At the Noosa Chocolate factory, Dani picked up, what she laid claim to be, ‘the world’s best rocky road’ for sampling later. The verdict by all three of us was that she was, in fact, correct! The Rocky Road doesn’t contain any nuts but is filled with large marshmallow and real jelly layers. So yum!

I also picked up a couple of things for us to try after lunch including, freeze-dried strawberries, blueberries and mango white chocolate. The freeze-dried strawberries were John’s favourite. I enjoyed them also. The strawberry on the inside made your mouth tingle and fizz.20150901_134816The next pit stop was The Bagel Boys for our lunch. I’d actually never had a bagel before so I was excited to try one. I ordered the beet and feta on a rye bagel (yes, rye again).

It wasn’t until a long walk later, when we arrived at a nice shady spot in Southbank, that we actually ate our bagels. 20150901_150108After lunch Dani had to leave us to make her class that afternoon. John and I decided we would try and brave the bus system back ourselves so we could spend more time exploring in Brisbane, we weren’t quite done yet.

It was our search for toilets that led us to accidentally find Brisbane’s museum. We took a little look around at the dinosaur bones and the terrifying, preserved giant squid.

Our final activity for the day was a ride on the Brisbane wheel. The wheel gave great views of the city as a whole and was a lot of fun.20150901_160625 20150901_160549 (1)

When we came off we stumbled upon a very cool looking, friendly lizard. He followed me to the drinking fountain, and I will admit I did freak out when he came right up close.20150901_161734When it was time to go home, thankfully we found our way back out of the city on the bus ok.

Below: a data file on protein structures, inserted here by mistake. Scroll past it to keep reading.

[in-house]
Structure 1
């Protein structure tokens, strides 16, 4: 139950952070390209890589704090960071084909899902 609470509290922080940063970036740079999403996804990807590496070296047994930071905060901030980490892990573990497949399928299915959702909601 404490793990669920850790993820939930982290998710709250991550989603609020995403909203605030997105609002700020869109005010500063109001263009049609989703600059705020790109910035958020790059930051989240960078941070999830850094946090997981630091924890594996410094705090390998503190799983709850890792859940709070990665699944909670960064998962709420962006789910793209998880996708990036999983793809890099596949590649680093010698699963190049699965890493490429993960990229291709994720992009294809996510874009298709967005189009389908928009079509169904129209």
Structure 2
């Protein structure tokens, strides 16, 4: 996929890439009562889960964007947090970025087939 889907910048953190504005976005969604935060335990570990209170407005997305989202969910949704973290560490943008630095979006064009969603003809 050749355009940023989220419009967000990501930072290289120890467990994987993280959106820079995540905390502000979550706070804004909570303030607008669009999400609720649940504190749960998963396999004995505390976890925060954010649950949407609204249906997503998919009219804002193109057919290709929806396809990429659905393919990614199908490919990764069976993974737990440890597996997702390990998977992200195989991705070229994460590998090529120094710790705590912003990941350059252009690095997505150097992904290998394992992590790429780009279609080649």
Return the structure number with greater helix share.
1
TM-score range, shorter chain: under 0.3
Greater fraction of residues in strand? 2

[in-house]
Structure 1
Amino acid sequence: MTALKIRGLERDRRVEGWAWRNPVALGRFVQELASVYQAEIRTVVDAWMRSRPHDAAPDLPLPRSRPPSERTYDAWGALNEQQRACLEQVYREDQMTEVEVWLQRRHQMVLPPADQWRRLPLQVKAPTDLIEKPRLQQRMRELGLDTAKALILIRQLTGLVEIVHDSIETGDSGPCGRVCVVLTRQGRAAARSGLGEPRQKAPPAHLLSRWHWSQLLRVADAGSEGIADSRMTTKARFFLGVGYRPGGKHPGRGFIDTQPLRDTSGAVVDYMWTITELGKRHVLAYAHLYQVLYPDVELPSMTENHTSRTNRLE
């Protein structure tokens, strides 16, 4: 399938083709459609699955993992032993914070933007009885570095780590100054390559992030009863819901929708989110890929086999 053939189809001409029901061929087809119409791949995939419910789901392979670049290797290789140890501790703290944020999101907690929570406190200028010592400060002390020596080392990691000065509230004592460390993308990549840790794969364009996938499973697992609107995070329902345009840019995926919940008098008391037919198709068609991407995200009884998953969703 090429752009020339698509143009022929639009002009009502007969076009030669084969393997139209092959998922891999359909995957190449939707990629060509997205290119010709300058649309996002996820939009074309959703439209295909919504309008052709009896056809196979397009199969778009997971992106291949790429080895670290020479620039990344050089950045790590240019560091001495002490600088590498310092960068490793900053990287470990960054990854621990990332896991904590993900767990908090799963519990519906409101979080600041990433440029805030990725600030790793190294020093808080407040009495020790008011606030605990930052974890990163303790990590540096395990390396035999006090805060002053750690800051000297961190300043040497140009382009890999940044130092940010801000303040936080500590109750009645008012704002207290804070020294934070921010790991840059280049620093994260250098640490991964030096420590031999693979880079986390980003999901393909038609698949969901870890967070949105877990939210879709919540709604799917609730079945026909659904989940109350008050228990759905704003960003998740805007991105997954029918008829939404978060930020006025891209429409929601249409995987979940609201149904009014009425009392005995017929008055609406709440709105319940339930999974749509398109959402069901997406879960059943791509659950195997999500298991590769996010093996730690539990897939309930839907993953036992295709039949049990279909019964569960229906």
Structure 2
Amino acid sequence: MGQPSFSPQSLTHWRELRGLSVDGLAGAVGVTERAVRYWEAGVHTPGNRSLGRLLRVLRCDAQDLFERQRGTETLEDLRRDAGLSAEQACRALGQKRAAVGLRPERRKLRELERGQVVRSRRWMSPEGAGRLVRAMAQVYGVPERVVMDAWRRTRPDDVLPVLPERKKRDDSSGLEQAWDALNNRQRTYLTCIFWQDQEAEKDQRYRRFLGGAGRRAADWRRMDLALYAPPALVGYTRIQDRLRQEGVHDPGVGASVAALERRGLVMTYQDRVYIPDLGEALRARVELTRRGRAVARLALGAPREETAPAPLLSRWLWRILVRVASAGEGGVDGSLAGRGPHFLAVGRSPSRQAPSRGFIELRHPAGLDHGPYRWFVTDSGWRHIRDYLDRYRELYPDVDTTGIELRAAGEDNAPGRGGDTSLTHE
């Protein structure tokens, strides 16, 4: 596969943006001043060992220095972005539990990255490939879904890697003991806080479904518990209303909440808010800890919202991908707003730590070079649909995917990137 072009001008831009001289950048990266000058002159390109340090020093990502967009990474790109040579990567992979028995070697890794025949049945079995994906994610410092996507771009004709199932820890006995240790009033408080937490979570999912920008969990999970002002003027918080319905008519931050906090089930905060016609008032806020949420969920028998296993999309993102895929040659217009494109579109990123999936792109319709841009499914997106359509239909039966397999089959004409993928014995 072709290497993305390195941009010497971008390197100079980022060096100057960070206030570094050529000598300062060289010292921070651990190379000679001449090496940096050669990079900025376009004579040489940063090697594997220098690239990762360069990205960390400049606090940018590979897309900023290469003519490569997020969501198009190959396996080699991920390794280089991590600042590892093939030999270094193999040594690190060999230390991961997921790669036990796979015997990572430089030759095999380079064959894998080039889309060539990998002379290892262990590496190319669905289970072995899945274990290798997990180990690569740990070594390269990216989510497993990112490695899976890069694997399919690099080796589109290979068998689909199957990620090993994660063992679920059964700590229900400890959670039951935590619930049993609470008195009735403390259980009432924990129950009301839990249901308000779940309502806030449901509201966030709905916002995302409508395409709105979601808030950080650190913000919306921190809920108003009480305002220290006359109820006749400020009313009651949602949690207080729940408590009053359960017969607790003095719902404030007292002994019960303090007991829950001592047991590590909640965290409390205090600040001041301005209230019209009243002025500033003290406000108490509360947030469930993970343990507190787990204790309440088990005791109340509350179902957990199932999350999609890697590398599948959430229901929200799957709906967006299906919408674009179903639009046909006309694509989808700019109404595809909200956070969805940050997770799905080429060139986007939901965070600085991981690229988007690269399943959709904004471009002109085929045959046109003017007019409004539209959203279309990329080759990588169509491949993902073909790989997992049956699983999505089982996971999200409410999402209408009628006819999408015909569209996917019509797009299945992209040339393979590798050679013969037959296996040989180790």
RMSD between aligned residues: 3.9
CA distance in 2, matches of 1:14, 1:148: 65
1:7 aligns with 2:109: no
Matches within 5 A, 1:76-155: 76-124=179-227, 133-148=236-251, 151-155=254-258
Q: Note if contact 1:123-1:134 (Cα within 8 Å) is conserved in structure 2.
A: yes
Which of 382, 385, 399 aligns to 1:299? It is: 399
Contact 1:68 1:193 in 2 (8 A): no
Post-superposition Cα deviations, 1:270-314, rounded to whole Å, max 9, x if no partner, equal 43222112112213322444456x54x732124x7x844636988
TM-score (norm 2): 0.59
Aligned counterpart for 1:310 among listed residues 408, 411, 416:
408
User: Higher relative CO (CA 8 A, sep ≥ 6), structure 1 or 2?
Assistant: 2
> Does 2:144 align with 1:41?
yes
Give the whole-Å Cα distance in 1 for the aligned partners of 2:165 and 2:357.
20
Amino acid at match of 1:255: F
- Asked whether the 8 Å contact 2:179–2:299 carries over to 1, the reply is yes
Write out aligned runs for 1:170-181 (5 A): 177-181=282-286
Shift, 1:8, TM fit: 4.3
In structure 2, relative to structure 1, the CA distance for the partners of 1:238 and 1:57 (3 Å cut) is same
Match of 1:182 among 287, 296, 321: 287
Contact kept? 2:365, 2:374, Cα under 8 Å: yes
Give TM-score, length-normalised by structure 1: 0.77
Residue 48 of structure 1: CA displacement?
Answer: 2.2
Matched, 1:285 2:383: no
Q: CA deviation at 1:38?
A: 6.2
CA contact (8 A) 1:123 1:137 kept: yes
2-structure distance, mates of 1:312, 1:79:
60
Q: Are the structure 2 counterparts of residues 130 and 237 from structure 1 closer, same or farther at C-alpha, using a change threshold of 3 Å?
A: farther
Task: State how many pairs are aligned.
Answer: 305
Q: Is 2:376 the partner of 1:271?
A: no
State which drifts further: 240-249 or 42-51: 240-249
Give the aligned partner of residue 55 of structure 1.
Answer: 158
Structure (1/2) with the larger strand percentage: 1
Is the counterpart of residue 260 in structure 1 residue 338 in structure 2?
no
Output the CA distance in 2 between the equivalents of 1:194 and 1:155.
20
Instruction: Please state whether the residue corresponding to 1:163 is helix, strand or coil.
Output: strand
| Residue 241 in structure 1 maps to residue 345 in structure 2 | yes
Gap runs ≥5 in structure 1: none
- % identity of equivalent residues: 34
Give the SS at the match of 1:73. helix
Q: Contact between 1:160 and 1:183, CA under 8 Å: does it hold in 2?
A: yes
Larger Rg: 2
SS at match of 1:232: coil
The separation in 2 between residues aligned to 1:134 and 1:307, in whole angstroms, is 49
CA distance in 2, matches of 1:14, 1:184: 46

It was crazy to reflect on everything we had done that day and think about how normally that would have just been one work day. But I am definitely grateful that I have a job that means I can enjoy things like this.20150901_144201

Frost and food in Arrowtown

Well, I”m back home safe and sound now in what feels like much, much warmer weather despite it still being the middle of winter.

There are definitely no frosty mornings to wake up to like we were experiencing this time last week.

DSCF2786DSCF2788Every morning the car froze over with ice that looked just like delicate snowflakes.

Before we could go anywhere though, we had to use credit cards to scrap the front windscreen in order to clear the ice enough to see. While this seemed like a novelty for the week we were away, I doubt it would feel like much fun if it was something I had to do every morning in the dark before driving to work!

There was one day in New Zealand where we ventured further out of Queenstown — a mere 15 to 20 minutes to the neighbouring town of Arrowtown.

Locations around this old gold mining town were used in the filming of The Lord of the Rings Trilogy.


Arrowtown is just a tiny town with really only two main streets for visitors that are lined with stores, museums, cafes and restaurants. Crossing the road on the main street yields an impressive view of a mountain peaking out from the centre of the street, as if strategically placed.